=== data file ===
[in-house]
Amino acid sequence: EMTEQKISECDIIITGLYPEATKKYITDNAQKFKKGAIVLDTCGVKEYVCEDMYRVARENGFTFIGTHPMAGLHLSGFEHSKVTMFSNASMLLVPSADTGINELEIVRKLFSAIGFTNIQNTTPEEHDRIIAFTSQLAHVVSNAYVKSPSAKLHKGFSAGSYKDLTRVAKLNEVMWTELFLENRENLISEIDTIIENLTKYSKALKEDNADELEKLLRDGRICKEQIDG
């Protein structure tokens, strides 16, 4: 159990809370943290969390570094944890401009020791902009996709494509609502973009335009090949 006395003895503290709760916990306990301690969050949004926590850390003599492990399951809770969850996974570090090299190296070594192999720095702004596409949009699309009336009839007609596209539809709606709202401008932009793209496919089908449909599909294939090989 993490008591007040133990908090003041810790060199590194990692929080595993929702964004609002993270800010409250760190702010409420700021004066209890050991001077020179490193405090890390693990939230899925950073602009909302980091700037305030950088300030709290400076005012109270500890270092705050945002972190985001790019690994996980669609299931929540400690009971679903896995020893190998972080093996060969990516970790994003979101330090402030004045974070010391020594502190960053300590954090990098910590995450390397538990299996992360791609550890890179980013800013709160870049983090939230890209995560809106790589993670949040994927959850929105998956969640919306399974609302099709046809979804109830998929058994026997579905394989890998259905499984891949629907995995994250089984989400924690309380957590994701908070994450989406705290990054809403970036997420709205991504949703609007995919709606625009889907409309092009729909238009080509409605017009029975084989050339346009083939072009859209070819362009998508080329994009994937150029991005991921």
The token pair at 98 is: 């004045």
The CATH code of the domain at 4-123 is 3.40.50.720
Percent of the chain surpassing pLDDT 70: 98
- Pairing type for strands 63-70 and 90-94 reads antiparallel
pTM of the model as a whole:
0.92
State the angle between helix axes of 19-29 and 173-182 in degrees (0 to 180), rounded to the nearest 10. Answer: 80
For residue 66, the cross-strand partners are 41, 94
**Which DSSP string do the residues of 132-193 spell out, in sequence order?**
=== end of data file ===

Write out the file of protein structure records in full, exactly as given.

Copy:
[in-house]
Amino acid sequence: EMTEQKISECDIIITGLYPEATKKYITDNAQKFKKGAIVLDTCGVKEYVCEDMYRVARENGFTFIGTHPMAGLHLSGFEHSKVTMFSNASMLLVPSADTGINELEIVRKLFSAIGFTNIQNTTPEEHDRIIAFTSQLAHVVSNAYVKSPSAKLHKGFSAGSYKDLTRVAKLNEVMWTELFLENRENLISEIDTIIENLTKYSKALKEDNADELEKLLRDGRICKEQIDG
């Protein structure tokens, strides 16, 4: 159990809370943290969390570094944890401009020791902009996709494509609502973009335009090949 006395003895503290709760916990306990301690969050949004926590850390003599492990399951809770969850996974570090090299190296070594192999720095702004596409949009699309009336009839007609596209539809709606709202401008932009793209496919089908449909599909294939090989 993490008591007040133990908090003041810790060199590194990692929080595993929702964004609002993270800010409250760190702010409420700021004066209890050991001077020179490193405090890390693990939230899925950073602009909302980091700037305030950088300030709290400076005012109270500890270092705050945002972190985001790019690994996980669609299931929540400690009971679903896995020893190998972080093996060969990516970790994003979101330090402030004045974070010391020594502190960053300590954090990098910590995450390397538990299996992360791609550890890179980013800013709160870049983090939230890209995560809106790589993670949040994927959850929105998956969640919306399974609302099709046809979804109830998929058994026997579905394989890998259905499984891949629907995995994250089984989400924690309380957590994701908070994450989406705290990054809403970036997420709205991504949703609007995919709606625009889907409309092009729909238009080509409605017009029975084989050339346009083939072009859209070819362009998508080329994009994937150029991005991921």
The token pair at 98 is: 């004045």
The CATH code of the domain at 4-123 is 3.40.50.720
Percent of the chain surpassing pLDDT 70: 98
- Pairing type for strands 63-70 and 90-94 reads antiparallel
pTM of the model as a whole:
0.92
State the angle between helix axes of 19-29 and 173-182 in degrees (0 to 180), rounded to the nearest 10. Answer: 80
For residue 66, the cross-strand partners are 41, 94
**Which DSSP string do the residues of 132-193 spell out, in sequence order?**